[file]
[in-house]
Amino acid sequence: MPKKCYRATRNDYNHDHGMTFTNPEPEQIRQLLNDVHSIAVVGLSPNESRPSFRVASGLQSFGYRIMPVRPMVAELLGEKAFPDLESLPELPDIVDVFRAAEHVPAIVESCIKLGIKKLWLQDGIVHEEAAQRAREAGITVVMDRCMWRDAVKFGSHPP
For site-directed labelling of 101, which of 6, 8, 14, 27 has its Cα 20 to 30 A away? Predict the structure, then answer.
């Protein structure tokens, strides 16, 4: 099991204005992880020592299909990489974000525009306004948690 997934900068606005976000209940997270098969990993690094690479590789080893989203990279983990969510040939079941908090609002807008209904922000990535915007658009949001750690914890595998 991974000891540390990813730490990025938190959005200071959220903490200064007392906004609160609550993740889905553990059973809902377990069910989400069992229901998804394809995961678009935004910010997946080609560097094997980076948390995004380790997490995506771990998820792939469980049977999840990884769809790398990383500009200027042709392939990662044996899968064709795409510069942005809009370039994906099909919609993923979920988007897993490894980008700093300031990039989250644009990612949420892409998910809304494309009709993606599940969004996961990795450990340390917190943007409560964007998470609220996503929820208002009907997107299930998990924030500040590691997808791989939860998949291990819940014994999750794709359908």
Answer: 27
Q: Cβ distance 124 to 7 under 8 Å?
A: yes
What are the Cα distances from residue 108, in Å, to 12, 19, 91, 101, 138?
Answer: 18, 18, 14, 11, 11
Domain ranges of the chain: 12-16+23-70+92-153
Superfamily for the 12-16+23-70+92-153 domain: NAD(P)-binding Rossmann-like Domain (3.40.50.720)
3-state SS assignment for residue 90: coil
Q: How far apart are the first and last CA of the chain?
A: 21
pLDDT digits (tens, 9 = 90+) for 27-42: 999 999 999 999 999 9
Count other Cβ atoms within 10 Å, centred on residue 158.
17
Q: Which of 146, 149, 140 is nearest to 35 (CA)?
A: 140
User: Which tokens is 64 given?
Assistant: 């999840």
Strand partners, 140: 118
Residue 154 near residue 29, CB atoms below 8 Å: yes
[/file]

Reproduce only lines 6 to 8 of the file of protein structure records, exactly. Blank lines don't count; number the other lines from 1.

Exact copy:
Q: Cβ distance 124 to 7 under 8 Å?
A: yes
What are the Cα distances from residue 108, in Å, to 12, 19, 91, 101, 138?